By NICOLE GUGINO
OBSERVER Assistant News Editor
Rental properties in the city of Dunkirk are a problem, but what can the city do about it? This question was still unanswered after a public forum was recently held by Second Ward Councilman William Rivera.
OBSERVER Photo by Nicole Gugino
CAC member Jim White (second from left) asks for more data from Second Ward Councilman William Rivera (far right) before a law is passed on regulating city rental property owners.
Rivera presented a packet with some draft ideas about how to address the problem. He said what is contained in the document preceded his election to office. He attributed work to First Ward Councilman Michael Michalski, Donna Keith and Edna and Greg Sek, and former councilwoman Rose Floramo
"Between them, they determined this was a problem in the city that needed specific attention," he said.
He said the packet described a process of registering landlords, and requiring out-of-town landlords to appoint a local property manager. He said the registration would be free but would come with an inspection to make sure properties are up to code, which would have a fee.
"Property managers would come down to city offices and register their properties at the code office and at that time what they would set up an inspection ... and the ultimate goal is to have a rental certificate awarded," Rivera said.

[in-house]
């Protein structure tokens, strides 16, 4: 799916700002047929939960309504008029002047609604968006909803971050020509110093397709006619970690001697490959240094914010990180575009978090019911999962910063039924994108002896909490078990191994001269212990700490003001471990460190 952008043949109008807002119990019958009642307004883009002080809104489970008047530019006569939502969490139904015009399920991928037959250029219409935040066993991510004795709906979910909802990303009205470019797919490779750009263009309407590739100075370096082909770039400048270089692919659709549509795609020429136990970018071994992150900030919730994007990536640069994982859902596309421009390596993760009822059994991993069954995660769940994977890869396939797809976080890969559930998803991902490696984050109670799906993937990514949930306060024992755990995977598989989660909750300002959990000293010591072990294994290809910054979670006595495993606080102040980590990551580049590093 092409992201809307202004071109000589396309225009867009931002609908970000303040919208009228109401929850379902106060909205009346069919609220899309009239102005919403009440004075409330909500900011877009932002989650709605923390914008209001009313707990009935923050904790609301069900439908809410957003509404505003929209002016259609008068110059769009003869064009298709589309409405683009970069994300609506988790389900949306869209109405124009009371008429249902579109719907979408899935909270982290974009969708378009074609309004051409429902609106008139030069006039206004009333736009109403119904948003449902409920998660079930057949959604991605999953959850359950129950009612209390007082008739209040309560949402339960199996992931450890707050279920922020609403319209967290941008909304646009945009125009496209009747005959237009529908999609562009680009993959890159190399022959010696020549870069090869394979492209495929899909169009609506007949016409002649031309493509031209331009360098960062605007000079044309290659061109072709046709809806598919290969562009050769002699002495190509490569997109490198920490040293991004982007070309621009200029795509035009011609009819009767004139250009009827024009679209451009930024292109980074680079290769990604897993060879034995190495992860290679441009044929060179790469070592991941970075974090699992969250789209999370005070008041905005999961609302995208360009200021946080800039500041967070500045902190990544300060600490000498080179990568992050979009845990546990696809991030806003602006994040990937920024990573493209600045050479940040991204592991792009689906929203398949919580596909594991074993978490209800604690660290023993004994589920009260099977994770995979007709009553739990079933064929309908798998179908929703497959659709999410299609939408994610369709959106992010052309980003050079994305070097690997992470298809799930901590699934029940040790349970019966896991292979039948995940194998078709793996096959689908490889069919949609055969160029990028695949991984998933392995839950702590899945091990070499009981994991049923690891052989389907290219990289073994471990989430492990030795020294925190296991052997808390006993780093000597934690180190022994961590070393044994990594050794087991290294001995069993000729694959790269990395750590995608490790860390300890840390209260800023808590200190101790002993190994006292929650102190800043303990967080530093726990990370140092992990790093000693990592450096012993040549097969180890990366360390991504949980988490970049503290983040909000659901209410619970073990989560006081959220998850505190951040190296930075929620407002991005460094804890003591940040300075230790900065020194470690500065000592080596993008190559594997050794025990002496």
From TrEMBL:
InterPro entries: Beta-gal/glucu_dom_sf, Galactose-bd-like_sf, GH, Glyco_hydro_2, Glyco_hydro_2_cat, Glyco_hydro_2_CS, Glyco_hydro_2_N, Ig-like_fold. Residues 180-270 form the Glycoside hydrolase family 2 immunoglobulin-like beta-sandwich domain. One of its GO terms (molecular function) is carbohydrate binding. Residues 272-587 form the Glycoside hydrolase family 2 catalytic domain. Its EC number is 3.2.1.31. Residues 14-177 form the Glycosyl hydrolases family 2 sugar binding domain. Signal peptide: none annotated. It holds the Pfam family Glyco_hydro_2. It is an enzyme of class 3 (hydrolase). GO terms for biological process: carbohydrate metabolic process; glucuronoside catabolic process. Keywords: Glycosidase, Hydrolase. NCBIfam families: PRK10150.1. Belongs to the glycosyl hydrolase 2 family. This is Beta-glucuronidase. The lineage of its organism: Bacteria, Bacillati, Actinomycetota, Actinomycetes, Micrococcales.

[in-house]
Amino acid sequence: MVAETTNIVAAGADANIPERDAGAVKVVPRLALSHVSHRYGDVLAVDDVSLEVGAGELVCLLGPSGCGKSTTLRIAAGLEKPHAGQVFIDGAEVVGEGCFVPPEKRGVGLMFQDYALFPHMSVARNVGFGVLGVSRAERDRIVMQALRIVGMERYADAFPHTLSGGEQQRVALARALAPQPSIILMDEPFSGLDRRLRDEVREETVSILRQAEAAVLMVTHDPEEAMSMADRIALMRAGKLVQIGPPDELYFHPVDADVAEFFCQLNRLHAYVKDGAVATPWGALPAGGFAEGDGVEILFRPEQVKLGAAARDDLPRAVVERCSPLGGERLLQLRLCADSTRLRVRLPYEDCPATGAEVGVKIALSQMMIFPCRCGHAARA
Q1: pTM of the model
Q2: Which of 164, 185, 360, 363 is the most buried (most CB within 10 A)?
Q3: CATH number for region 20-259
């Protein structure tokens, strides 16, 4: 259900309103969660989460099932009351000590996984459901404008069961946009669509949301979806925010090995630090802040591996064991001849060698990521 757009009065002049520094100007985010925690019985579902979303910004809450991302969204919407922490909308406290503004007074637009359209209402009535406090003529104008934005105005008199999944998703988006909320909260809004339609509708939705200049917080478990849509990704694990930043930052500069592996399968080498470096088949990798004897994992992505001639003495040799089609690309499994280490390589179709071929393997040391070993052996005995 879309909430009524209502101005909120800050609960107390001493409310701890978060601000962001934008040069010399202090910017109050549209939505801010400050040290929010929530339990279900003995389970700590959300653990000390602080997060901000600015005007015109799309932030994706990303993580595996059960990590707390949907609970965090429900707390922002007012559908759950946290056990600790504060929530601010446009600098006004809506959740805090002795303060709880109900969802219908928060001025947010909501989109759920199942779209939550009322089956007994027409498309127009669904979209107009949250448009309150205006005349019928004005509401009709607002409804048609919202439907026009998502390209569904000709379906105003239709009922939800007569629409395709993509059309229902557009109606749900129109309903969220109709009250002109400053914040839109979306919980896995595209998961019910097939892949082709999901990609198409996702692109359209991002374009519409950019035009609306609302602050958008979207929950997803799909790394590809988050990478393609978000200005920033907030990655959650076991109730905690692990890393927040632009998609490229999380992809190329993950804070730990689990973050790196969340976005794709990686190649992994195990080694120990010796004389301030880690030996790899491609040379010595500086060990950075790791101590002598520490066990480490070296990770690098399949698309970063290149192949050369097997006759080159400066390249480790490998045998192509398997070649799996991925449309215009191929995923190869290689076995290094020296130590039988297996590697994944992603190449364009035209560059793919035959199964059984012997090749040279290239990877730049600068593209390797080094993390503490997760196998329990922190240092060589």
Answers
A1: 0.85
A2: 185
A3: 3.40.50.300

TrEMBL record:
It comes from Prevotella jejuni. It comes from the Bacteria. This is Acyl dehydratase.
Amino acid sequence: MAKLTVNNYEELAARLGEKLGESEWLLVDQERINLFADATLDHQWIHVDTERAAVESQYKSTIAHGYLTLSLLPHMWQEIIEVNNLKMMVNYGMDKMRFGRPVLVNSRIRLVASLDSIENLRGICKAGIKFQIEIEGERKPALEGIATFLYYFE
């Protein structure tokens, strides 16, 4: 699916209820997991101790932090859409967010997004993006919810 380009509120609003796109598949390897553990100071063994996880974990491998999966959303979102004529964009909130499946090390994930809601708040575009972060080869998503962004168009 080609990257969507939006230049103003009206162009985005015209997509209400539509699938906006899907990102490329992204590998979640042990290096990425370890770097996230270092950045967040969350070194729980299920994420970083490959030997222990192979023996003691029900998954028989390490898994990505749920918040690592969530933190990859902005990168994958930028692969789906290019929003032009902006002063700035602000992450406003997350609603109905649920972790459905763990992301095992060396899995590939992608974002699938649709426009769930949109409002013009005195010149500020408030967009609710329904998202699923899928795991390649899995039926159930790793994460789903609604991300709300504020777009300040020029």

He said the inspection fee and any fines for not complying would be negotiated by the Common Council so that the program could be selfsustaining.
Rivera said he hoped he could determine from the meeting if there is support for moving forward in the effort to solve the problem.
City Attorney Ronald Szot said some parts of the proposed document may not be legal and could be counter productive.
"The problem, in the first instance, you pass the law and if you're an out-of-state property owner, you have to appoint an in-county property manager. Two things, unless you hire me for a million dollars I wouldn't want to be responsible for criminal sanctions on your property. And number two, if I'm an out-of-state property owner and you can't charge me with criminal sanctions, essentially what the (proposed) law says is you would withhold the certificate of occupancy and just evict everybody. I don't know if that's legal or not. Theoretically, then you could have a lot of out-of-state owned properties unoccupied with nothing being addressed," he said.
He added although the proposed law has "just intentions" it is not a panacea from a legal perspective as well as a practical one.
Many residents spoke in favor of doing something about the problem but stressed needing more research.
"I'm in favor of us doing something but I think we need to quantify the number of rental owners that are actually out of town because .. I would like to know where that is before we got to vote on something," CAC member Jim White said.
Other residents agreed, not wanting local landlords to be the only ones punished by this action.
"Who are these constant violators? Are they the local people or are they from out of the area? I would like the data on that because if all the good people come into city hall and get their permits, what have you changed? The good landlords are still being good landlords, its just costing them more to do business," Jay Warren said.
Resident Skeeter Tower emphasized creating a sense of community through neighborhood associations as another strategy for solving the problem.
Rivera said because of the support for moving forward he will go forward with research and keep up with Szot on the legal aspect. He said there will likely be another public meeting once some progress has been made.